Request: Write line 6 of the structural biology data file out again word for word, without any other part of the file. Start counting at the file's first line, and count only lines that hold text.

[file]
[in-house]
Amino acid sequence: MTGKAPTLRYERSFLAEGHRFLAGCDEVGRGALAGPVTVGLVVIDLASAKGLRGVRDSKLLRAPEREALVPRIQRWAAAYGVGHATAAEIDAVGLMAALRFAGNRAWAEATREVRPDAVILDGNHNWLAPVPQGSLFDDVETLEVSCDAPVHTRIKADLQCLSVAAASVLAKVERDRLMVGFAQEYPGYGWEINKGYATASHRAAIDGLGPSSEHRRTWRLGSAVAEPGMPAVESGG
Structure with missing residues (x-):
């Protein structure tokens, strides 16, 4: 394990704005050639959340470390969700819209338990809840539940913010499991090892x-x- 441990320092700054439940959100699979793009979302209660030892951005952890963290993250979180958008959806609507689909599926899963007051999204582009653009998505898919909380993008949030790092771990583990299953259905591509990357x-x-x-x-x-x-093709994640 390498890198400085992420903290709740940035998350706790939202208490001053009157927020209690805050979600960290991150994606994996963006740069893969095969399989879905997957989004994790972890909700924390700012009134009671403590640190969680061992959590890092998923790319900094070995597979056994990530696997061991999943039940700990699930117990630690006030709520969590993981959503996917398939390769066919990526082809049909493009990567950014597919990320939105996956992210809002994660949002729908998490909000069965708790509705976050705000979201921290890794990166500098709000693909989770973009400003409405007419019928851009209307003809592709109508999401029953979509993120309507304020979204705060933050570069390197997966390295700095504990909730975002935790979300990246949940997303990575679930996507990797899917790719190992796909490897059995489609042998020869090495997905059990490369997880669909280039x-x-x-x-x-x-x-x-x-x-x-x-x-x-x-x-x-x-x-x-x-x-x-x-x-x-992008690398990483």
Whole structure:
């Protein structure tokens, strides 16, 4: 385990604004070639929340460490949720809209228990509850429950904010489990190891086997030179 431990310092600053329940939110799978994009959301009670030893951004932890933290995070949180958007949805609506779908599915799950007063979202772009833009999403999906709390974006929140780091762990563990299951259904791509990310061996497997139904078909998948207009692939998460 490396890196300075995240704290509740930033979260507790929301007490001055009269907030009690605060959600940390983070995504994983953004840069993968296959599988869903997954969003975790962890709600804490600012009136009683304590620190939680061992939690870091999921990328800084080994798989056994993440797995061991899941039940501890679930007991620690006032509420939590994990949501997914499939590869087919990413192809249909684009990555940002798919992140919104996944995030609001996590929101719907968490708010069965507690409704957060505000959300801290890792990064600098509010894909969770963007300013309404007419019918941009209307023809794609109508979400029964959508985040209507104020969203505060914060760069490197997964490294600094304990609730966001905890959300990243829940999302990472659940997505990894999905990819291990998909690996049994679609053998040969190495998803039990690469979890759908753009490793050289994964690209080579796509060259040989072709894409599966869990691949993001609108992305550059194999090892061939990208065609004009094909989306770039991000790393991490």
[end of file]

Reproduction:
């Protein structure tokens, strides 16, 4: 385990604004070639929340460490949720809209228990509850429950904010489990190891086997030179 431990310092600053329940939110799978994009959301009670030893951004932890933290995070949180958007949805609506779908599915799950007063979202772009833009999403999906709390974006929140780091762990563990299951259904791509990310061996497997139904078909998948207009692939998460 490396890196300075995240704290509740930033979260507790929301007490001055009269907030009690605060959600940390983070995504994983953004840069993968296959599988869903997954969003975790962890709600804490600012009136009683304590620190939680061992939690870091999921990328800084080994798989056994993440797995061991899941039940501890679930007991620690006032509420939590994990949501997914499939590869087919990413192809249909684009990555940002798919992140919104996944995030609001996590929101719907968490708010069965507690409704957060505000959300801290890792990064600098509010894909969770963007300013309404007419019918941009209307023809794609109508979400029964959508985040209507104020969203505060914060760069490197997964490294600094304990609730966001905890959300990243829940999302990472659940997505990894999905990819291990998909690996049994679609053998040969190495998803039990690469979890759908753009490793050289994964690209080579796509060259040989072709894409599966869990691949993001609108992305550059194999090892061939990208065609004009094909989306770039991000790393991490």